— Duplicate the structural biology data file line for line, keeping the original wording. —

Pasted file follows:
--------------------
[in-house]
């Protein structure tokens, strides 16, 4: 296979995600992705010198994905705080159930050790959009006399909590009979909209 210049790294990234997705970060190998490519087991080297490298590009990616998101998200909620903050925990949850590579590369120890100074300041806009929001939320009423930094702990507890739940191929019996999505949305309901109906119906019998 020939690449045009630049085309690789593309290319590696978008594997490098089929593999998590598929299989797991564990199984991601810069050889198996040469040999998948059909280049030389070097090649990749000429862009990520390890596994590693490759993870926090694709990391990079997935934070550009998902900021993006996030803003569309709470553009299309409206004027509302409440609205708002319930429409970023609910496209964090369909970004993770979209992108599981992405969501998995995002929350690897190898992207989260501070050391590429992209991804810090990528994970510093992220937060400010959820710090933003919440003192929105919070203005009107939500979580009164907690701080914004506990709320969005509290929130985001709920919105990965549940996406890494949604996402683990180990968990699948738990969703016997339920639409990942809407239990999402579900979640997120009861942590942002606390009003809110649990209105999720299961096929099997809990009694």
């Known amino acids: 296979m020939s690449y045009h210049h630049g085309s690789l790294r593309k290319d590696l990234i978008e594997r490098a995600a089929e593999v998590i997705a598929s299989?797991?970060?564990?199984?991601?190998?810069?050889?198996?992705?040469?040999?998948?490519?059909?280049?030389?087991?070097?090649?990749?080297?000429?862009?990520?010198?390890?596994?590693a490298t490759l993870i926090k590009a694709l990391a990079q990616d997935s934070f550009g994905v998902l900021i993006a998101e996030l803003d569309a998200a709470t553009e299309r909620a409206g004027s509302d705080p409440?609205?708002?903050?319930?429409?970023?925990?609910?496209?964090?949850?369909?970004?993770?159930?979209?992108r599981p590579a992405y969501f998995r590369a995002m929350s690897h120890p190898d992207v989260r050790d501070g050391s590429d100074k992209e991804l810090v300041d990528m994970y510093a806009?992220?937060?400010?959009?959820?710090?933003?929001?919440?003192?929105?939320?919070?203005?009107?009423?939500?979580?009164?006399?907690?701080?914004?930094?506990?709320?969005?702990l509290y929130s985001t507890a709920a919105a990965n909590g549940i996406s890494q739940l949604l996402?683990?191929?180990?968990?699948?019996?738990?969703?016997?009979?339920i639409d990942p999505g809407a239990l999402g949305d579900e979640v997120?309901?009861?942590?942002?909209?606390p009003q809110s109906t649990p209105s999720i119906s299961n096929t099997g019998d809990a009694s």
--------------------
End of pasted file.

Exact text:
[in-house]
């Protein structure tokens, strides 16, 4: 296979995600992705010198994905705080159930050790959009006399909590009979909209 210049790294990234997705970060190998490519087991080297490298590009990616998101998200909620903050925990949850590579590369120890100074300041806009929001939320009423930094702990507890739940191929019996999505949305309901109906119906019998 020939690449045009630049085309690789593309290319590696978008594997490098089929593999998590598929299989797991564990199984991601810069050889198996040469040999998948059909280049030389070097090649990749000429862009990520390890596994590693490759993870926090694709990391990079997935934070550009998902900021993006996030803003569309709470553009299309409206004027509302409440609205708002319930429409970023609910496209964090369909970004993770979209992108599981992405969501998995995002929350690897190898992207989260501070050391590429992209991804810090990528994970510093992220937060400010959820710090933003919440003192929105919070203005009107939500979580009164907690701080914004506990709320969005509290929130985001709920919105990965549940996406890494949604996402683990180990968990699948738990969703016997339920639409990942809407239990999402579900979640997120009861942590942002606390009003809110649990209105999720299961096929099997809990009694």
């Known amino acids: 296979m020939s690449y045009h210049h630049g085309s690789l790294r593309k290319d590696l990234i978008e594997r490098a995600a089929e593999v998590i997705a598929s299989?797991?970060?564990?199984?991601?190998?810069?050889?198996?992705?040469?040999?998948?490519?059909?280049?030389?087991?070097?090649?990749?080297?000429?862009?990520?010198?390890?596994?590693a490298t490759l993870i926090k590009a694709l990391a990079q990616d997935s934070f550009g994905v998902l900021i993006a998101e996030l803003d569309a998200a709470t553009e299309r909620a409206g004027s509302d705080p409440?609205?708002?903050?319930?429409?970023?925990?609910?496209?964090?949850?369909?970004?993770?159930?979209?992108r599981p590579a992405y969501f998995r590369a995002m929350s690897h120890p190898d992207v989260r050790d501070g050391s590429d100074k992209e991804l810090v300041d990528m994970y510093a806009?992220?937060?400010?959009?959820?710090?933003?929001?919440?003192?929105?939320?919070?203005?009107?009423?939500?979580?009164?006399?907690?701080?914004?930094?506990?709320?969005?702990l509290y929130s985001t507890a709920a919105a990965n909590g549940i996406s890494q739940l949604l996402?683990?191929?180990?968990?699948?019996?738990?969703?016997?009979?339920i639409d990942p999505g809407a239990l999402g949305d579900e979640v997120?309901?009861?942590?942002?909209?606390p009003q809110s109906t649990p209105s999720i119906s299961n096929t099997g019998d809990a009694s």